California’s Mojave National Preserve in the Southeast corner of the state is experiencing a bighorn sheep die-off caused by pneumonia. This is the state’s largest herd of Desert Bighorn Sheep and state officials are not optimistic. “I suspect that many more are infected,” said Linda Slater, a National Park Service spokeswoman. The national park lists the Mojave herd at around 300 animals.
For hunters familiar with the plight of Desert Bighorn Sheep, they have had a decades old reputation for being delicate animals. Pneumonia has plagued wild mountain sheep ever since various state wildlife agencies began efforts to enhance their population numbers dating back 100 years.
The state of California is not the only state troubled by the pneumonia outbreak. The neighboring state Nevada is also keeping an eye on the situation. Nevada, along with four other states, had an epic breakout of sheep pneumonia during the winter of 2009-2010 in which the states lost up to 1000 sheep. Since the Mojave National Preserve lies at the California/Nevada border, Nevada biologists are worried the disease might spread to their nearest herd of bighorns which is only 45 miles away.
Disease has been a re-occurring player in the life of wild mountain sheep in the West forever. Ever since man introduced domestic sheep and other livestock, wild bighorn sheep have suffered. In fact, the state has run tests that have confirmed that the bighorns have died from a strain of pneumonia that is transmitted from domestic sheep. Unfortunately, this strain is fatal. Wild sheep have no natural defenses to the disease.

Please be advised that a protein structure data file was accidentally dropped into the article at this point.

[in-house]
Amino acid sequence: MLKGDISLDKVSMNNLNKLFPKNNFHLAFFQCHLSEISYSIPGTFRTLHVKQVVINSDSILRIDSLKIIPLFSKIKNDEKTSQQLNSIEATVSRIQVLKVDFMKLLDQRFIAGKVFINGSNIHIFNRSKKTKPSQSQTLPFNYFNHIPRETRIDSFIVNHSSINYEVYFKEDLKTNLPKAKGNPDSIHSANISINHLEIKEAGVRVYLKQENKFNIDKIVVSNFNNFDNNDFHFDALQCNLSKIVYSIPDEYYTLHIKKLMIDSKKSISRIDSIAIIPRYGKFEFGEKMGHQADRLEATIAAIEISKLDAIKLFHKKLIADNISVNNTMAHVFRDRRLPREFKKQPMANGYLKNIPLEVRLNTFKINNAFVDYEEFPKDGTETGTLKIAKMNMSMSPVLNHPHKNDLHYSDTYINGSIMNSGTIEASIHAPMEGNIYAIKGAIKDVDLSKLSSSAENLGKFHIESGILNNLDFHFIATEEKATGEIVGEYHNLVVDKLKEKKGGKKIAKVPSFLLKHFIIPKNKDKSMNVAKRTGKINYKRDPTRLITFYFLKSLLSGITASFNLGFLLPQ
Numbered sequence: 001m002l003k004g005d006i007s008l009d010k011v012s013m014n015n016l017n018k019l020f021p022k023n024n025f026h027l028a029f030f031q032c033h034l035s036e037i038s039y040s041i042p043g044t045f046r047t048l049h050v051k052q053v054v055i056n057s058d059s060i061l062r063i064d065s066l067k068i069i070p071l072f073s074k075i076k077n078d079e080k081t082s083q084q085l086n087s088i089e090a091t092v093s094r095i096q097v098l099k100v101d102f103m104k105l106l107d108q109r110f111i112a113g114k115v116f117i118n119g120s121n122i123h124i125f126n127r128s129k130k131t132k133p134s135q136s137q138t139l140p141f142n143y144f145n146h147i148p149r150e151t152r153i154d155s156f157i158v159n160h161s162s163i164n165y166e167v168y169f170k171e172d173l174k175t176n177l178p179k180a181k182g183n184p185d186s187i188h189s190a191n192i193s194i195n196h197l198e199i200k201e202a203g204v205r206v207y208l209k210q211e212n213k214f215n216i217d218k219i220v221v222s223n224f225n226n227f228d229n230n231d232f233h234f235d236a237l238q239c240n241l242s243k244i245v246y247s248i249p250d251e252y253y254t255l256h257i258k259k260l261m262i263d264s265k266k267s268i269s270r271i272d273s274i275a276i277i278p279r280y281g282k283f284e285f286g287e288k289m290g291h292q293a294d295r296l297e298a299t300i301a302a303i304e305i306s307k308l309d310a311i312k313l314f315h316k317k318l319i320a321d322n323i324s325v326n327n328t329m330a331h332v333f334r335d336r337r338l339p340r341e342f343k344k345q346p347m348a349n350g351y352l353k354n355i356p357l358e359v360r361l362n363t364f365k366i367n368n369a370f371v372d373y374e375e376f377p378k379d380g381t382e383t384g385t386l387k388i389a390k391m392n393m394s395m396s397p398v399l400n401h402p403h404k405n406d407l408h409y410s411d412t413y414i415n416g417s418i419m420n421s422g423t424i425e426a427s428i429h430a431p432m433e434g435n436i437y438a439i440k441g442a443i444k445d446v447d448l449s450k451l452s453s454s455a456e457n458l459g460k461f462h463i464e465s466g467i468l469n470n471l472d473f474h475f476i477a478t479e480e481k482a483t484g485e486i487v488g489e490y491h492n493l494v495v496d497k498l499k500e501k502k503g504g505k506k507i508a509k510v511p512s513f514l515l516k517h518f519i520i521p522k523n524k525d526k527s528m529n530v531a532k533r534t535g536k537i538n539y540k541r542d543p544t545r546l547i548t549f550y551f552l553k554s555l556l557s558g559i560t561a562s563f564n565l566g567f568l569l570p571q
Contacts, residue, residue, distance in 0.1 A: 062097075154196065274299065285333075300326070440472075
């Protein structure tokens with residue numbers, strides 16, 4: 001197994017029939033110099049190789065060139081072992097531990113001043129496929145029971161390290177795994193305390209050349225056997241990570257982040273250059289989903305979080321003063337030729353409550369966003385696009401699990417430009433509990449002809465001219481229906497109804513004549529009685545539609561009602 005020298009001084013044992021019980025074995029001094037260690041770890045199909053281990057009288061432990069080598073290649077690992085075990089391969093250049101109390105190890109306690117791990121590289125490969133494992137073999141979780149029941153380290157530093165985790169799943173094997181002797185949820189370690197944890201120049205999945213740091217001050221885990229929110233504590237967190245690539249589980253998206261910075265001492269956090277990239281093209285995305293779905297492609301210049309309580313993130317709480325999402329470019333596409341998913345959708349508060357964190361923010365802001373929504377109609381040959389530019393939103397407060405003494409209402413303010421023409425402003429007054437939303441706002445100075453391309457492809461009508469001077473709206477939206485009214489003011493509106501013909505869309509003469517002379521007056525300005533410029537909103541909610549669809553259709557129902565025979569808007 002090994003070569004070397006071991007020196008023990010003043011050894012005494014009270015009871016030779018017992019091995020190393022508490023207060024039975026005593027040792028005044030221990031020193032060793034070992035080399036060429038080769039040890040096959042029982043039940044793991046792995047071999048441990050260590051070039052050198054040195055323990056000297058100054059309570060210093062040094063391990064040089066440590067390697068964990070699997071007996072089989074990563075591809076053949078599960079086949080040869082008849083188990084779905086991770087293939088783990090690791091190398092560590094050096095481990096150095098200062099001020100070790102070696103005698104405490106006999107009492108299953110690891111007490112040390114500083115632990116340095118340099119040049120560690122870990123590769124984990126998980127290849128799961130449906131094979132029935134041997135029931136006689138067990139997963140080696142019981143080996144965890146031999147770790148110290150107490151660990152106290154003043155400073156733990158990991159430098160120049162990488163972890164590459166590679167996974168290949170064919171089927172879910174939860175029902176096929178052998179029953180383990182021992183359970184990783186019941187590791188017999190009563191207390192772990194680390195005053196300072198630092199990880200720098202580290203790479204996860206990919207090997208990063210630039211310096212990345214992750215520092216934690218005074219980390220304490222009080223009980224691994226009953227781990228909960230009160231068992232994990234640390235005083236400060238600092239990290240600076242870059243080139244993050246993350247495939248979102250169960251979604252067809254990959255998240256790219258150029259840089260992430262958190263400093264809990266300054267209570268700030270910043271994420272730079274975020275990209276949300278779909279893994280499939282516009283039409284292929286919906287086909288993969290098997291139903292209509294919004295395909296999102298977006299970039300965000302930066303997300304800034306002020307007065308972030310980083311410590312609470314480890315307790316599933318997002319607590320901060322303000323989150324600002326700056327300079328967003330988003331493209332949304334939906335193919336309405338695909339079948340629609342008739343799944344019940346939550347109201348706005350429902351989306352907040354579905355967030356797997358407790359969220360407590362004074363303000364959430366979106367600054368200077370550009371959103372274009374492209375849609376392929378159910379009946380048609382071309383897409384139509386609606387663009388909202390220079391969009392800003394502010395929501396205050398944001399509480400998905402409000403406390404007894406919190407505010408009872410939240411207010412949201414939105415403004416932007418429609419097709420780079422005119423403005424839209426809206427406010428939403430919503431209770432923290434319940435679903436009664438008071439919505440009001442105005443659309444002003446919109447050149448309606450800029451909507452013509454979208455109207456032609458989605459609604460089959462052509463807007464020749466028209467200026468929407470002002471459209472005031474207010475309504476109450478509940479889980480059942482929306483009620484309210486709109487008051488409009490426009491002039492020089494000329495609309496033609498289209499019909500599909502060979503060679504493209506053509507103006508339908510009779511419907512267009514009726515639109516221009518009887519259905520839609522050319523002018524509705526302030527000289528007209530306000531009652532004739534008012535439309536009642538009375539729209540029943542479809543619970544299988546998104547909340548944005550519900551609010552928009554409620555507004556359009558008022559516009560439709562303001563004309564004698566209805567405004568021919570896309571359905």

There are believed to be less than 10,000 western sheep today, compared to an estimated 1.2 million that were believed to have been present in the region at one time. A coveted desert sheep tag is the hardest tag in the country to draw, and their rarity makes them a prize for any hunter– literally. It is not uncommon for states to fetch up to $200,000 or higher for tags that are auctioned off to raise funds for sheep management.
Another tragedy of this situation is that the five herds that are located inside the Mojave National Preserve are considered “foundation” herds. These animals are used to populate other lesser sheep-bearing areas, and they were considered one of the state’s healthiest herds.